What you need to know about heart inflammation and COVID-19 vaccines

COVID poses a vastly bigger threat to your heart than the vaccine.
A female nurse examines a male patient's chest for heart problems.

Heart inflammation associated with COVID-19 vaccines is exceedingly rare. Los Muertos Crew/Pexels

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More than 1,200 Americans have experienced heart health issues since being vaccinated with either the Pfizer-BioNTech or Moderna mRNA vaccines. The US Centers for Disease Control and Prevention (CDC) is investigating this link, but still strongly recommends that anyone aged 12 and older get their shots. 

The heart conditions in question are myocarditis, inflammation of heart muscles, and pericarditis, inflammation of the tissues surrounding the heart. In a presentation this week, the CDC outlined what they know so far about the link between vaccines and these conditions. These side effects are rare—more than 300 million doses of mRNA vaccines have been administered in the US, and just 1,226 individuals have reported heart problems. Cases are higher in individuals who received their second dose. Men and boys represent about 75 percent of cases, and adolescents and young men under the age of 30 are most at risk.

A preliminary look by the CDC at 323 cases of myocarditis/pericarditis in individuals under 30 shows that these cases have not yet been fatal. Out of 323 cases, 309 individuals were hospitalized, but 295 have already been discharged (and most have fully recovered from all symptoms). However, nine patients are still hospitalized, and two are in intensive care units. More cases are under review. 

Experts still urge everyone eligible to get vaccinated. Following the CDC’s statements, more than a dozen professional and government medical agencies released a joint statement saying, “This is an extremely rare side effect, and only an exceedingly small number of people will experience it after vaccination.” The statement also emphasizes the benefits of vaccination, adding that in the young people who do develop heart symptoms, “most cases are mild, and individuals recover often on their own or with minimal treatment. In addition, we know that myocarditis and pericarditis are much more common if you get COVID-19, and the risks to the heart from COVID-19 infection can be more severe.”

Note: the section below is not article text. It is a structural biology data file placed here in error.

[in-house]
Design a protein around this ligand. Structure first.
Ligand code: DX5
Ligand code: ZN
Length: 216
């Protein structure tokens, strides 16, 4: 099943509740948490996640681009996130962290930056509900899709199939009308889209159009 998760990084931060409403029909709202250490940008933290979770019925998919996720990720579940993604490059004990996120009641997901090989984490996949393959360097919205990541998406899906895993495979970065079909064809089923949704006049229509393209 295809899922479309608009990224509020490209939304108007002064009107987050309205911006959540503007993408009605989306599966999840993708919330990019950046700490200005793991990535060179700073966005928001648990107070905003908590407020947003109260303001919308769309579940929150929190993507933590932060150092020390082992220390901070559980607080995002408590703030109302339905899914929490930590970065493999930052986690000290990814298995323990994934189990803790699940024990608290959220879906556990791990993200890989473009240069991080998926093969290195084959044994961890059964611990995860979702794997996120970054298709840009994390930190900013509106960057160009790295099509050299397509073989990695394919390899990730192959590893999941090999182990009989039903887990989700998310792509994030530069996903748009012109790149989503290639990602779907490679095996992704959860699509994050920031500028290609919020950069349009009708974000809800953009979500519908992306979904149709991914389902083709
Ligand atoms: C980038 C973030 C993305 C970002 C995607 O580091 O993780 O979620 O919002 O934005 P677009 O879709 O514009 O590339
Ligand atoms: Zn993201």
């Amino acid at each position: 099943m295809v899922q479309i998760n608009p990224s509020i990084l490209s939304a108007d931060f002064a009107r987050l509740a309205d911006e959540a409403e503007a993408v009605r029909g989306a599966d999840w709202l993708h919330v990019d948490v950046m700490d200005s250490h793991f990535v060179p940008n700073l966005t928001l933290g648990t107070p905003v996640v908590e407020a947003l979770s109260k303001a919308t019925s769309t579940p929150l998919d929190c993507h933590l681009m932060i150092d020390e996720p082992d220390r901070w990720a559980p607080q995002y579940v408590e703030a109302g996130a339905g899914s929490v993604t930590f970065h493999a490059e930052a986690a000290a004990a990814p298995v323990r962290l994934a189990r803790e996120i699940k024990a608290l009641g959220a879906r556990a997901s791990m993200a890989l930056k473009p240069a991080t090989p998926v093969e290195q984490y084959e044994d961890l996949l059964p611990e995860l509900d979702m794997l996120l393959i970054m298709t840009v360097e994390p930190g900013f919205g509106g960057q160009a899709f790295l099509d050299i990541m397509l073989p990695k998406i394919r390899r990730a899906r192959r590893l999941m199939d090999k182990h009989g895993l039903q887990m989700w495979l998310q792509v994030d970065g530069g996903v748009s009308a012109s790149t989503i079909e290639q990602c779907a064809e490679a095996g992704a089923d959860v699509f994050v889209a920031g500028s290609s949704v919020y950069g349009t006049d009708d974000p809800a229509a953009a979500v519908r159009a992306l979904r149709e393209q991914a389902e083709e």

[Related: The Delta variant is on the rise in the US]

“It’s going to be manifold more common to get heart muscle inflammation from getting COVID than you would from getting a vaccine, even in young men,” University of Texas Southwestern Medical Center cardiologist James de Lemos told The New York Times

The New York Times also reported that “out of a million second doses given to boys ages 12 to 17, the vaccines might cause a maximum of 70 myocarditis cases, but would prevent 5,700 infections, 2,215 hospitalizations and two deaths,” putting the risk into perspective.  

Approximately 140 million people in the US are currently fully vaccinated via an mRNA vaccine, and more than 177 million people have received at least one dose of any COVID-19 vaccine. If you experience chest pain, shortness of breath, or a fluttering and irregular heartbeat after receiving a second dose, especially in the week following your second dose, the CDC recommends seeking medical care and reporting your symptoms to the Vaccine Adverse Event Reporting System.